Old news. Right? Well André Seznec at IRISA has independently verified the claims. "I've tried to validate the principle. It works! Beautiful case study by the way!" said André Seznec. Onur Aciçmez and his colleagues managed to grab 508 bits out of a 512-bit key on RSA encryption , at first shot, in just a few thousandths of a second. Quite a feat when compared to the endless three months and the line-up of 80-some 2.2 GHz CPU computers that the German Federal Office for Information Security (BSI) once poured in to crack a SSL 640-bit key (3).

Background from the Artikle:
Until not so long ago,processors were executing threads in a time shared mode: T0 was executing during a time slice, then T1 was executing during the next time slice, then T0 again, ..."Each of these time slices lasts far longer than the processor execution cycle. Say a thread lasts around10 milliseconds, representing about 20 to 30 million processor cycles. As long as a spy thread and a cryptographic thread are not executed simultaneously, there is no way the former can grab very precise information on the latter." The impervious architecture keeps threads peep proof. But things have changed with the arrival of Pentium 4 HT processor generation (7), a SMT processor in PCs and servers. These CPUs run two threads at the same time: on the very same cycle, instructions from the two threads are executed on the CPU. Why? "Mainly to squeeze performance from the processor, Seznec answers. The processor can execute several instructions per cycle, but generally a significant part of the resource is lost if a single thread executes. When two threads execute at the same time, the hardware is significantly better utilized." Unfortunately, running two threads in parallel on the same hardware CPU can lead to some information leakage. "One can manage to grab an indirect view on a thread execution from a spying thread that is executed simultaneously. This indirect information about its execution can allow to recover critical information such an encryption key.""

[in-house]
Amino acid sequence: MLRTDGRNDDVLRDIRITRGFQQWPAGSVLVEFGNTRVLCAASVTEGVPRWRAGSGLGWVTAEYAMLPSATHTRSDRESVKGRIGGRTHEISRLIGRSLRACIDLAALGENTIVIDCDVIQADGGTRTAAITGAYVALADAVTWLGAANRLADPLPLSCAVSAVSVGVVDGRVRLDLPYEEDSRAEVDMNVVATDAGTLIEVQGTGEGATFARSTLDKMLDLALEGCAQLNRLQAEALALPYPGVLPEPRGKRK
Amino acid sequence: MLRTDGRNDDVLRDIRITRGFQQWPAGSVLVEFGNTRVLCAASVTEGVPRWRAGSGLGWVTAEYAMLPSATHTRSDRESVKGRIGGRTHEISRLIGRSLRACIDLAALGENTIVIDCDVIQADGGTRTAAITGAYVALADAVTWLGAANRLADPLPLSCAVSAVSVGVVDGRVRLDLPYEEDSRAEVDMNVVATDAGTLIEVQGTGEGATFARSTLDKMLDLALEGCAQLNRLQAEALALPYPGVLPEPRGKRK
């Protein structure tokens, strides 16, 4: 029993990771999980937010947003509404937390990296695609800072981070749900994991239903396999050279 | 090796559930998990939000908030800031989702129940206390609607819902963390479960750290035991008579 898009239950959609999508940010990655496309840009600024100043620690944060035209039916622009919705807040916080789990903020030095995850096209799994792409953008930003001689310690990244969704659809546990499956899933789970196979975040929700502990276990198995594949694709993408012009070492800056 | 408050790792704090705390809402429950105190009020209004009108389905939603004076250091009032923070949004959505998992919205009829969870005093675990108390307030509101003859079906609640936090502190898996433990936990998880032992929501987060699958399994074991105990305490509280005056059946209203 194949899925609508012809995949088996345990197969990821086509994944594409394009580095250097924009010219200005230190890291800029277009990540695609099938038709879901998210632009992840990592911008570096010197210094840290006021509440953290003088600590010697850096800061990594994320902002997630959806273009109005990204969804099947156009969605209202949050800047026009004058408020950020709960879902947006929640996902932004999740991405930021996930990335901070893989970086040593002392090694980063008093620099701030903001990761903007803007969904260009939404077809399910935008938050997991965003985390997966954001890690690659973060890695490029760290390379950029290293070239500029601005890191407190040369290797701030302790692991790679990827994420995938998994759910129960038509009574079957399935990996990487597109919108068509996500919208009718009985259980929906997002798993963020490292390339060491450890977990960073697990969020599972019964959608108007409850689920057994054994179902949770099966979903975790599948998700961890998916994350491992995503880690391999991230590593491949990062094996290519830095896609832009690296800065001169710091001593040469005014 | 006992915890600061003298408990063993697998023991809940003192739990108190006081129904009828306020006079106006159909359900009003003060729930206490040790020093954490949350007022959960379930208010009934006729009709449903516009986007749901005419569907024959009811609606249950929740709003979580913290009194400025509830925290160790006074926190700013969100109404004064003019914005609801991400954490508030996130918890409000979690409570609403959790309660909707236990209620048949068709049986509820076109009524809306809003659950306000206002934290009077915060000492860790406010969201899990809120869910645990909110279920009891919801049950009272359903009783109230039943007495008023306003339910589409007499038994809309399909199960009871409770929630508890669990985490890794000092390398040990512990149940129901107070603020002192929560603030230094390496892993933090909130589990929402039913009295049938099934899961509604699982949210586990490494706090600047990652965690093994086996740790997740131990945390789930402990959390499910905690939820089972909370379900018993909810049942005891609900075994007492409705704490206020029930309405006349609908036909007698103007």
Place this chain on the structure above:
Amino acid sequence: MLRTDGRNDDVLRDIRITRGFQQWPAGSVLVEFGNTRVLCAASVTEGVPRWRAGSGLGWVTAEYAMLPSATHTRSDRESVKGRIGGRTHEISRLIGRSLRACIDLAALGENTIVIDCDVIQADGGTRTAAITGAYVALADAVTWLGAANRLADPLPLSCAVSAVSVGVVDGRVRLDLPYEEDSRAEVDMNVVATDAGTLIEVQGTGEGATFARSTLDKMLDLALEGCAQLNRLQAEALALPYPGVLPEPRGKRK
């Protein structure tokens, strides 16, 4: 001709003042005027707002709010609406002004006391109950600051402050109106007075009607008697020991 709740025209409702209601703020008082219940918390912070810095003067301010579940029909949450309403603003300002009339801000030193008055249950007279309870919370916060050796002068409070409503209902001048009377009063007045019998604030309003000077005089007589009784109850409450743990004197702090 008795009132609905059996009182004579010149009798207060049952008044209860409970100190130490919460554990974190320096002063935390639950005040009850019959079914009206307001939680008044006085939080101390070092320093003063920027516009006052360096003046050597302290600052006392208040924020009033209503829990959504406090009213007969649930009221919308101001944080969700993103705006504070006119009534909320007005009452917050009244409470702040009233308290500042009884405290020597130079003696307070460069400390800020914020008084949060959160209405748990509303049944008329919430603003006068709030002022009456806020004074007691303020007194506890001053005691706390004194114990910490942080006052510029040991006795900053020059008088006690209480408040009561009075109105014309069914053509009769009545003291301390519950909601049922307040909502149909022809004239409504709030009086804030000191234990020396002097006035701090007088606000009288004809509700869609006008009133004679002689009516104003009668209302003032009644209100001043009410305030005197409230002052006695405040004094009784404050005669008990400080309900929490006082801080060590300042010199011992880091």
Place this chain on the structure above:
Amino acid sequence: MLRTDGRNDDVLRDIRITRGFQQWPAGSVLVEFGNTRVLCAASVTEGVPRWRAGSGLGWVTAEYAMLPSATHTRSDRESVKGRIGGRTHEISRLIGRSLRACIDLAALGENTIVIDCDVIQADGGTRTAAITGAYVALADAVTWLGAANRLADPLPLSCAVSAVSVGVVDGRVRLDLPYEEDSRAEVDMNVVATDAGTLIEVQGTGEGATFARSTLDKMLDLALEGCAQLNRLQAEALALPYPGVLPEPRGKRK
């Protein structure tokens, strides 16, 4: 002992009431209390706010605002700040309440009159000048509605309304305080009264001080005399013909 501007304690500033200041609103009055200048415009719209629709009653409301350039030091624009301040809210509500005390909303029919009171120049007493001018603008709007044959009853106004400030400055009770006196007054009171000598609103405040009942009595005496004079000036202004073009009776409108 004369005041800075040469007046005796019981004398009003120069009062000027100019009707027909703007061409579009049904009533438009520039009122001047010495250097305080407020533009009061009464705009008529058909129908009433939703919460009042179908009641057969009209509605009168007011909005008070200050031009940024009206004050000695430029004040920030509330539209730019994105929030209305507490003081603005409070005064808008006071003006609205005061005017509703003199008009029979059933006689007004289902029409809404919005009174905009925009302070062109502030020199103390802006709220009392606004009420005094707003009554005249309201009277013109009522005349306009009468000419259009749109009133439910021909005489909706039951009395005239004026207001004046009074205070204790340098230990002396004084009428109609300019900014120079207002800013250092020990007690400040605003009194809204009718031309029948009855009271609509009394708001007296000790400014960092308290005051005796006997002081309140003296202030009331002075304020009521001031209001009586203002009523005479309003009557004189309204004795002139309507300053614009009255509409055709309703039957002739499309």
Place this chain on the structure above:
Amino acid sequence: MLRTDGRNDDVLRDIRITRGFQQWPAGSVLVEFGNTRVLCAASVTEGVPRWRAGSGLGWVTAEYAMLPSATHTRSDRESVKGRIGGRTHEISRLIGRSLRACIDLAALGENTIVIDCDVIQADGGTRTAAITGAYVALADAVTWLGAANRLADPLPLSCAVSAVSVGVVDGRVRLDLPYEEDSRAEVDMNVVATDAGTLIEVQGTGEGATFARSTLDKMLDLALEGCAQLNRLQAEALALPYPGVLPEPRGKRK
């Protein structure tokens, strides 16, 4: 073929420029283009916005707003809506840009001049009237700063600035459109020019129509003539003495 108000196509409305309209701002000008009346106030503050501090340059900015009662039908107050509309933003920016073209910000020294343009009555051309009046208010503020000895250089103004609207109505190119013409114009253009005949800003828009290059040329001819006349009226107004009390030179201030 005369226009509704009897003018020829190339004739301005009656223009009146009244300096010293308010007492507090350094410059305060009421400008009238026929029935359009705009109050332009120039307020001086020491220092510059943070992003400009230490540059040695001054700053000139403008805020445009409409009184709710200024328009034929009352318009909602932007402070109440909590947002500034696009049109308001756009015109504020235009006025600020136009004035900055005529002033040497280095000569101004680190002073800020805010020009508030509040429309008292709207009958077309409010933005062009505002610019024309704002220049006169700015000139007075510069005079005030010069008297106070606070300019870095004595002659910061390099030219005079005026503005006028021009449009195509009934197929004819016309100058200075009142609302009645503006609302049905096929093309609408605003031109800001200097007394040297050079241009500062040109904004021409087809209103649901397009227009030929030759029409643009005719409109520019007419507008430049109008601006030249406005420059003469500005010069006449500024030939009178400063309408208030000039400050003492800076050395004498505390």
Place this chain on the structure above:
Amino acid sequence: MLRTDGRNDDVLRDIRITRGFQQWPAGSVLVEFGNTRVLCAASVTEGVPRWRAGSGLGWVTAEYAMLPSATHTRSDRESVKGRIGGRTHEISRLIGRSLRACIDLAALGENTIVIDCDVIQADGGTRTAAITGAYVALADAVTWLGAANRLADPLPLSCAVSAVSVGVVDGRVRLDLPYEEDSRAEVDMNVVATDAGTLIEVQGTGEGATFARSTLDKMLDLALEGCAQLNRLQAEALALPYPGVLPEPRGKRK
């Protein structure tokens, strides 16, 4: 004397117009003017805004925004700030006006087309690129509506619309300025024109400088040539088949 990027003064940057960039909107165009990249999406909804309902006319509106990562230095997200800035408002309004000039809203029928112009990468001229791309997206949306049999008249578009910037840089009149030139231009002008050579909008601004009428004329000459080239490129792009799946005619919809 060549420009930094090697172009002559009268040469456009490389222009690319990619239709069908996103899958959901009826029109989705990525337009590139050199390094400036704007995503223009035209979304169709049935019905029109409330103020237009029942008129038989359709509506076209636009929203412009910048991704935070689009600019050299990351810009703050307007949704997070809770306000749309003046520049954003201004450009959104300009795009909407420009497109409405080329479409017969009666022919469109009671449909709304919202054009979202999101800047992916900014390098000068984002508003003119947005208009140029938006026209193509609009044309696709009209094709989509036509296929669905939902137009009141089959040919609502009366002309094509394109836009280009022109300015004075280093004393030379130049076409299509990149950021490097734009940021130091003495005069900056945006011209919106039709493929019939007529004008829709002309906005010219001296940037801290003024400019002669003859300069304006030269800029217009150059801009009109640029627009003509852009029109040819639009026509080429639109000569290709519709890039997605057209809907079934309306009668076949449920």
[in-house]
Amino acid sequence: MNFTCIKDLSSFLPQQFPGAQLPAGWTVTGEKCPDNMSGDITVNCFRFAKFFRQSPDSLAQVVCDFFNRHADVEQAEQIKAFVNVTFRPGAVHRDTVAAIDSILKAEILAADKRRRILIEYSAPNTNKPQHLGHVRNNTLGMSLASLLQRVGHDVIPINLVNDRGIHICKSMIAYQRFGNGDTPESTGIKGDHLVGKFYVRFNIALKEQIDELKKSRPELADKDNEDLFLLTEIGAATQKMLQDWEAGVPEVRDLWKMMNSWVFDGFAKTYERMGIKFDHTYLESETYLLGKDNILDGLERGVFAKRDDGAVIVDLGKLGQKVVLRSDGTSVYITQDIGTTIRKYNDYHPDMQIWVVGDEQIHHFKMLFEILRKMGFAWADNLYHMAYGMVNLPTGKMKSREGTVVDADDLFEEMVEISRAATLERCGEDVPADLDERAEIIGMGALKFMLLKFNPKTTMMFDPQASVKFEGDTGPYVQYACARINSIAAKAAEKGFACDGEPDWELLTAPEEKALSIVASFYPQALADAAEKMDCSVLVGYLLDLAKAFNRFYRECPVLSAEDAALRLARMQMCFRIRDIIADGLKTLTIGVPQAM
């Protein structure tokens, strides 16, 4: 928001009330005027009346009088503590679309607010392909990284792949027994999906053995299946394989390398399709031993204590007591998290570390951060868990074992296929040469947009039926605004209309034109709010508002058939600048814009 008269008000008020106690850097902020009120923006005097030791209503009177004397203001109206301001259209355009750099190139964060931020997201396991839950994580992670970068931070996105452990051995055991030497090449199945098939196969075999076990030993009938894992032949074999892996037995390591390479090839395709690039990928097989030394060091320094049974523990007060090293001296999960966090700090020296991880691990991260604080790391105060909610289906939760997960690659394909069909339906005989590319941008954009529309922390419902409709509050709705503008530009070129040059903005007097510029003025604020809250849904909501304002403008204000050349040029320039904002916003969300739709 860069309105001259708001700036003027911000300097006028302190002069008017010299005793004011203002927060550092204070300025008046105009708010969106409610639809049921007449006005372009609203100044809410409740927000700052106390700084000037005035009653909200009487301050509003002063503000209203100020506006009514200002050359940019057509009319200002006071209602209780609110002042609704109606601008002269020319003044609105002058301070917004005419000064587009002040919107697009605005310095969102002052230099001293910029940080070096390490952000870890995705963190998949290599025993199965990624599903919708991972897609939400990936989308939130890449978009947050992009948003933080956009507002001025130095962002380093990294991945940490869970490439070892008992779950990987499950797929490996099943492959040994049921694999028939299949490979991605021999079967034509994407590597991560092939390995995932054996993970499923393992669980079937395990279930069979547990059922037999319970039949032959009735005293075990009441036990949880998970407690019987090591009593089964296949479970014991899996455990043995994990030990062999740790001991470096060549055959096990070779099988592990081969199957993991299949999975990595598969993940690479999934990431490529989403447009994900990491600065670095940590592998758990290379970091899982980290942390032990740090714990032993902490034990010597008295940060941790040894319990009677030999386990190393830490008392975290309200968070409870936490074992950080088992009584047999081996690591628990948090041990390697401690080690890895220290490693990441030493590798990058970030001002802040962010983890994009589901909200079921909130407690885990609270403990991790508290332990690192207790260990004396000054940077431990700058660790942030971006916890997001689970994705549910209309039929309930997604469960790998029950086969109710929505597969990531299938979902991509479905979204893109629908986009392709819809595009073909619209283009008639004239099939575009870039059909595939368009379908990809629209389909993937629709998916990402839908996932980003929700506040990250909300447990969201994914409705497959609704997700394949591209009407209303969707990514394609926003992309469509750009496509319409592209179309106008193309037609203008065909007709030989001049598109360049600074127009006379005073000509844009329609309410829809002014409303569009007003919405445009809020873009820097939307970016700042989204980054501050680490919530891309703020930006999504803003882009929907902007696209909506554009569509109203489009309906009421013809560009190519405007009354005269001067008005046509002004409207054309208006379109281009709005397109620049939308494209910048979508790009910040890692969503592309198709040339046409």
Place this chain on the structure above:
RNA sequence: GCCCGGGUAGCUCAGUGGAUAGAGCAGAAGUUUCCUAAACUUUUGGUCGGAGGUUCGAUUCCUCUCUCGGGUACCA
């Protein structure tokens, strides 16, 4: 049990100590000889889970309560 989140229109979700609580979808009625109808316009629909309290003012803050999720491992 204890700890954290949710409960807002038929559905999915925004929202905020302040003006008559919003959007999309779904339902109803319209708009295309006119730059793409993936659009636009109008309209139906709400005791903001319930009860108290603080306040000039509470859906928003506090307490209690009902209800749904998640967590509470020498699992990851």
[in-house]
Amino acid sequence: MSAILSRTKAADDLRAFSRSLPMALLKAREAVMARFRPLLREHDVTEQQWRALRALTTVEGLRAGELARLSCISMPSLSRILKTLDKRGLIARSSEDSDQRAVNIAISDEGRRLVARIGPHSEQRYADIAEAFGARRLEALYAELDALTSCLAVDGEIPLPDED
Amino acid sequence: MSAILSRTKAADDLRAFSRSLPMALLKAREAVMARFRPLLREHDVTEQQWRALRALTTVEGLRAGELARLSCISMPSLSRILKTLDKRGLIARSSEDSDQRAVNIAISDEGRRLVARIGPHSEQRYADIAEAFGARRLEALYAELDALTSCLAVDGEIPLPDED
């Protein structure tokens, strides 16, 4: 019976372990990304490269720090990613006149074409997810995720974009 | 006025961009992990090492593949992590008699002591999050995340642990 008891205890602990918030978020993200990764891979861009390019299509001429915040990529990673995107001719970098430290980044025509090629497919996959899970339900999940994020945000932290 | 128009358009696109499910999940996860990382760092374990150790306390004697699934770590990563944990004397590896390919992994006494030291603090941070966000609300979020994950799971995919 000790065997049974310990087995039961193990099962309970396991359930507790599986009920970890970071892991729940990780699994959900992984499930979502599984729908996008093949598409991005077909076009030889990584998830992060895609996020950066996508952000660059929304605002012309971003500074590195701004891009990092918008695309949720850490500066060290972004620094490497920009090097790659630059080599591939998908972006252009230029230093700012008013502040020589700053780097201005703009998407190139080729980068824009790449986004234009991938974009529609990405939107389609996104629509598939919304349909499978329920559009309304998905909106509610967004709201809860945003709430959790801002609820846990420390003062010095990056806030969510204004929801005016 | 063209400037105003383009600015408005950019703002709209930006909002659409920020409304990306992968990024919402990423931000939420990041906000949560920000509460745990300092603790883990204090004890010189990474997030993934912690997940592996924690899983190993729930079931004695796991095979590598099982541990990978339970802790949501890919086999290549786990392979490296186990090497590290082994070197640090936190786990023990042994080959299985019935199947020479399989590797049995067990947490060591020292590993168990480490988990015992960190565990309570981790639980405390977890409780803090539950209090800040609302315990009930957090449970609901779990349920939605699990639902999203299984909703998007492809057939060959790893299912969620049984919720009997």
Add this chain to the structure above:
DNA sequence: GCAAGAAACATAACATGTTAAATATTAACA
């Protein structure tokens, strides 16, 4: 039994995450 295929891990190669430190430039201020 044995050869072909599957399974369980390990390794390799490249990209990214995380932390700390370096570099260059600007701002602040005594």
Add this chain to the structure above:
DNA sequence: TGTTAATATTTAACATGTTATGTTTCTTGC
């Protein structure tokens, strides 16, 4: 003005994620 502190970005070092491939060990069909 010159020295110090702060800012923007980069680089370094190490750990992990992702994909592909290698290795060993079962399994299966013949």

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stonebeat.org stonebeat.org writes  |  more than 7 years ago

Saqib Ali writes "Seems like VA has managed to lose another hard drive containing data on 48,000 veterans. The hard drive was stolen from a employees home. The good news is that hard drive was partially encrypted. So it is expected that no more then 20,000 records were impacted. Which is still a high number. My question, why the partial encryption? If you are going to encrypt, just encrypt the whole drive."
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stonebeat.org stonebeat.org writes  |  more than 7 years ago

SHA who? writes "In the light of recent attacks on SHA-1, NIST is preparing for a competition to select the next set of Hash Functions. The public competition will be much like the development process for Advance Encryption Standard (AES). As a first step in this process, NIST is publishing draft minimum acceptability requirements, submission requirements, and evaluation criteria for candidate algorithms, and requests public comment by April 27, 2007.
P.S. NIST has ordered the Federal Agencies to stop using SHA-1 and instead use SHA-2 family of hash functions."
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stonebeat.org stonebeat.org writes  |  more than 7 years ago

Saqib Ali writes "It is Free. How come you are not using it? An article on how to use freely available Full Disk Encryption (FDE) products to protect the secrecy of the data on your laptops. FDE solutions helps to prevent data leaks in case the laptop is stolen or goes missing. The article includes a brief intro, benefits, drawbacks, some tips, and a complete list of FDE solutions in the market."
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stonebeat.org stonebeat.org writes  |  more than 7 years ago